Reckless – Cornelia Funke

For this week’s books in motion we bring you some clips on Cornelia Funke’s new book, Reckless. For fans, like me, of the Inkheart trilogy it’s seemed like ages to wait for a new novel from Cornelia Funke, and I have to admit I was beginning to wonder if she had abandoned Young Adult Fiction for her children’s mini-series. But, HOORAY! This is not the case! Reckless, is finally here! It tells the story of two brother’s and their adventure on the other side of a magic mirror that transports them into world seeped in fairytales and folklore. The story brings back the darkness so often lost in contemporary fairytales that hearkens back to Grimm brothers, sometimes making them even more frightening than the originals. Journey with Jacob and William Reckless as get stuck in a war between Man and Goyl (stone men) in a story about the love between brothers and true romance, and check out the video clips below.


Now Available At Logos!
Reckless
By Cornelia Funke
$19.99

Hunger Games – Suzanne Collins

Last week the last installment of The Hunger Games, Mockingjay, came out and sold over 450,000 copies. For those of you not familiar with the Young Adult series, the games is a distopian series told from the perspective of a 16-year-old girl who is chosen to participate in government enforced game to the death. Beautifully written, suspenseful, and impossible to put down, this series has taken both the Young Adult and the Adult literary world by storm.  Check out these interviews and trailers, and pick up your copies ASAP!





Hunger Games
Paperback
$8.99


Catching Fire
Hardcover
$17.99


Mockingjay
Hardcover
$17.99

Essays – Wallace Shawn

For this week’s Books in Motion we bring you a WNYC interview with Wallace Shawn on his book Essays.  Wallace Shawn is ‘hands down’ one of my favorite writers of all time.  Most well known for his cameo appearances in television and film (inconceivable!), Wallace Shawn is, at heart, a playwright.  His book of essays touches on the work he did with Andre Gregory in My Dinner w

Words of Advice For Young People – William S. Burroughs

And speaking of Burroughs… When I saw this in the list of related videos I just couldn’t pass it up. Spare Ass Annie, a collaboration between Burroughs and Michael Franti (before Spearhead, back when he was doing the Disposable Heroes of Hiphopricy). It is a brilliant album featuring a particularly entertaining version Words of Advice for Young People. Below is a short film experiment by Mario Escobar, where he takes this track and merges it with an old educational film on manners.  As a bonus, we also have a short animated Burroughs film. Enjoy!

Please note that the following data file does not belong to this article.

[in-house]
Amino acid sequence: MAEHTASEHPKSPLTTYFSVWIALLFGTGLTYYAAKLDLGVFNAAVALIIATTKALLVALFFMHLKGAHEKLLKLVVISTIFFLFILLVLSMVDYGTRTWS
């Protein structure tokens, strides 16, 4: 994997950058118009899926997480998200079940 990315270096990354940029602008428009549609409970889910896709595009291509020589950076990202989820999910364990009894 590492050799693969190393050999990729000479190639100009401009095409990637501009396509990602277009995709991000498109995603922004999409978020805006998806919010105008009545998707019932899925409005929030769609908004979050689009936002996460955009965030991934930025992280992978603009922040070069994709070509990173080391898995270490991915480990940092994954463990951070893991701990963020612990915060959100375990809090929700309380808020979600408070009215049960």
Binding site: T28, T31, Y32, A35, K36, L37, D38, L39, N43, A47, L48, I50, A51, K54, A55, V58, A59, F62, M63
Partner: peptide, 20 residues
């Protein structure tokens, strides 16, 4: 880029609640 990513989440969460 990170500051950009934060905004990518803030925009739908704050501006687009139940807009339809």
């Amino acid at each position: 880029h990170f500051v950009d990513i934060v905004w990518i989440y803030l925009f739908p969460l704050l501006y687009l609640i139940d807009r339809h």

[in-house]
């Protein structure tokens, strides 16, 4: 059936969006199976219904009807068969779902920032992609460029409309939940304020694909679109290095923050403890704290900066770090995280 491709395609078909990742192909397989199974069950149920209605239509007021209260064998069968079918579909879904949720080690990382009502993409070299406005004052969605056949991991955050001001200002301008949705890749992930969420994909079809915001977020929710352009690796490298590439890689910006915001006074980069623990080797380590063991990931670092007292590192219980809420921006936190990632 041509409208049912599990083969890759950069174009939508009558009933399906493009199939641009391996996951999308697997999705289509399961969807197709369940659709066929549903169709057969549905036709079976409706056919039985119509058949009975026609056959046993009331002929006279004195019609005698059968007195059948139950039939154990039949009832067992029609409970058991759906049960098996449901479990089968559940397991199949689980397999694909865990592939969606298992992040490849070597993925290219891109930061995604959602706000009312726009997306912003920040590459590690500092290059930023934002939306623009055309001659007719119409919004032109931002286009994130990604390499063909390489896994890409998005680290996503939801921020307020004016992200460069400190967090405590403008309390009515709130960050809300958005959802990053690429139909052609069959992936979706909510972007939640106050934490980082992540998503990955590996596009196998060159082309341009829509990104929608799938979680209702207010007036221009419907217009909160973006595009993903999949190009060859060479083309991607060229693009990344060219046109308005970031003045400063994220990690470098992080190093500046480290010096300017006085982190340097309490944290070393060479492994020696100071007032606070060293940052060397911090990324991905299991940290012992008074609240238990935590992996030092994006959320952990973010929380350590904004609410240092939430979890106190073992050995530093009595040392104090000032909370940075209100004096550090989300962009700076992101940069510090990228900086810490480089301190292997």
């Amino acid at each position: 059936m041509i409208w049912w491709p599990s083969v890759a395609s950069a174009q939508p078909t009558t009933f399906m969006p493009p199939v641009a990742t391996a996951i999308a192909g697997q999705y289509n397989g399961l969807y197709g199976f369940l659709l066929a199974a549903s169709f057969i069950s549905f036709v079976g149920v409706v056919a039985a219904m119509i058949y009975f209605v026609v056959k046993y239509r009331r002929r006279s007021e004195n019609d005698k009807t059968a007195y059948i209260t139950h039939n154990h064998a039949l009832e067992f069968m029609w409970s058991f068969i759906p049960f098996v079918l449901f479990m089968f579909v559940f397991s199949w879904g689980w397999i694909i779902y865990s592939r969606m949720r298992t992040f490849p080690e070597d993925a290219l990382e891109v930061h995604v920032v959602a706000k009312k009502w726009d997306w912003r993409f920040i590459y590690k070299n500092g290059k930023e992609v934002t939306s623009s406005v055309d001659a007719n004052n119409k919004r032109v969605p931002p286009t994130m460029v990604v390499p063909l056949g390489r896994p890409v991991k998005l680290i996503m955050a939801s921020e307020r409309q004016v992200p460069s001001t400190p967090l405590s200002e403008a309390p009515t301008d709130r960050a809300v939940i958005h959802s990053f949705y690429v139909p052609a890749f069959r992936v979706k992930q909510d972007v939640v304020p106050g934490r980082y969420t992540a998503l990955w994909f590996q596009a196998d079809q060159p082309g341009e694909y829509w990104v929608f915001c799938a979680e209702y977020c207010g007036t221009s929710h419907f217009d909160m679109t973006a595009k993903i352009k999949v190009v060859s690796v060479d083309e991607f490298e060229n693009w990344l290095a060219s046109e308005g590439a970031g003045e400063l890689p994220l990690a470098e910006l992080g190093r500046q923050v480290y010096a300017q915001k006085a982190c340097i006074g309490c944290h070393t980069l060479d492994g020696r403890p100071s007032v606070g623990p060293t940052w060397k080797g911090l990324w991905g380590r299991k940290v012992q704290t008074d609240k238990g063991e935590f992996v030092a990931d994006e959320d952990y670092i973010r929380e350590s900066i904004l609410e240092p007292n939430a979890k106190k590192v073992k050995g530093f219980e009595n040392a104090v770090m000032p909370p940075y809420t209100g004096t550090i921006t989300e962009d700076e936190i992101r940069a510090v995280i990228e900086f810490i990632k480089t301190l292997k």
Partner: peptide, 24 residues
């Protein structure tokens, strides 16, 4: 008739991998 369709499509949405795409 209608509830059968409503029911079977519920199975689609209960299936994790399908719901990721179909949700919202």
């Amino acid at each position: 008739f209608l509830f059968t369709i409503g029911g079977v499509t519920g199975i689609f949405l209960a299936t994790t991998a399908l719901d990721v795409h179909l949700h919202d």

This One’s a Classic – Paul M. Davis

For this week’s books in motion we bring you a reading from Paul M. Davis. Paul lives in Chicago, but spent many of his formative years here in Santa Cruz. So many, in fact, that we still like to claim him as our own.

From his site:

Last night I performed a new short story, “This One’s A Classic”, for 2nd Story at Morseland in Rogers Park, with musical accompaniment by Elvis Bride. A hilarious tale of personal failure, about the ill-fated Mule Train Pacific Northwest tour of 2005, which ended in a Wal-Mart parking-lot in Yreka, CA. Due to technical difficulties with the video-camera, this was shot on an iPhone, so it’s not the best-quality video or sound but still comes across quite well. Enjoy!

(Note: the first line of my performance was cut off in this video; so just imagine me yelling “This One’s A Classic!” in boastful old man voice before watching.)



“This One’s a Classic” at 2nd Story – Morseland 4/28/10 from Paul M Davis on Vimeo.

Paul M Davis is a writer of articles, essays and fiction, a musician, and a web tinkerer based in Chicago, IL who is obsessed with the media, class and arcade-style video golf. His writing and other work can be found at www.paulmdavis.com.

How Books Are Made (then and now)

A several weeks ago we linked to the Seattle Pi blog postHow to Make a Book which featured the Encyclopedia Brittanica educational film Making Books from 1947.  We like this film so much, that we’ve decided to feature it on our site as well.  Compare it to the recent film from Alfred A. Knopf / Double Day on the making of Dan Brown’s Lost Symbol.